for refugee communities, and provides counseling and mental health
support to vulnerable refugees, particularly children and youth.

Israeli IPR Situation
12. (SBU) Israeli protection for Intellectual Property Rights (IPR)
for pharmaceutical patents remains weak. While Israel has indicated
its interest in addressing the issue, and in particular, removing
itself from the 301 Priority Watch List issued by USTR annually,
there has not been a real effort in the past three years to change
important legislation. IPR in Israel is a shared domain of several
ministries and departments, including the Ministry of Industry,
Trade and Labor, Ministry of Health, Ministry of Justice and the
Ministry of Finance. A coordinated effort to affect change in
Israel's IPR regime must address all the key players of the
respective ministries.

13. (SBU) Of particular importance is the inadequate protection
against unfair commercial use of data generated to obtain marketing
approval for pharmaceuticals. Administrative delays at the Ministry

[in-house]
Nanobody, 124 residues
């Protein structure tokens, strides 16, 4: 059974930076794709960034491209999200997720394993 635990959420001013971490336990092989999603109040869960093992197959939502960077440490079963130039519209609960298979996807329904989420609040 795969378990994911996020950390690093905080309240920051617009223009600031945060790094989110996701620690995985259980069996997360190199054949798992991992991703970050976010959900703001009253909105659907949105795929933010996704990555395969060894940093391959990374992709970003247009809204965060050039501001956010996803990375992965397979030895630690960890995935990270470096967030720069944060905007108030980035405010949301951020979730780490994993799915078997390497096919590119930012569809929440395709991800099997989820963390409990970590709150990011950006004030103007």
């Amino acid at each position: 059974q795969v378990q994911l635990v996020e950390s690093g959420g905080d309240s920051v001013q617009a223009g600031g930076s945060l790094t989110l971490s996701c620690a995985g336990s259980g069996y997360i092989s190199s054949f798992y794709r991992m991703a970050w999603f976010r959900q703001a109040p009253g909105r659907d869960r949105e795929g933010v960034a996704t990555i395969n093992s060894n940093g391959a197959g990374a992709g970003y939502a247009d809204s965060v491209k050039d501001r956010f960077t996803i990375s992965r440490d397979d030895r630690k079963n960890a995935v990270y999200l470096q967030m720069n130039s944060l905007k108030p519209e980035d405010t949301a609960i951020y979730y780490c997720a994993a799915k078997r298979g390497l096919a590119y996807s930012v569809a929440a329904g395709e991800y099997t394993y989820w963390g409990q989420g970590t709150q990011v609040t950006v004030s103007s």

of Health further erode the ability of U.S. pharmaceutical companies
to obtain a fair term of protection, even if they submit
registration requests in Israel immediately upon approval in the
United States. Israel's use of a pre-grant opposition system for
patients impairs the ability of rights holders to protect
innovation. In 2005, Israeli legislation reduced the term of
extension of pharmaceutical patent protection provided to compensate
for delays in obtaining regulatory approval of a drug. This
legislation has discouraged U.S. companies from producing and
marketing innovative pharmaceuticals in Israel.

14. (SBU) New copyright legislation recently enacted is an
improvement for Israel, particularly in formalizing protection of
U.S. sound recordings under the 1954 bilateral treaty. Our approach
to the issue is to remind Israel that better IPR protection will
protect its nascent biotechnology and high technology industries and
encourage innovation. Israel should pursue IPR in a manner that
reflects its status as a partner in the U.S.-Israel FTA and its
objective of becoming a full member of the OECD.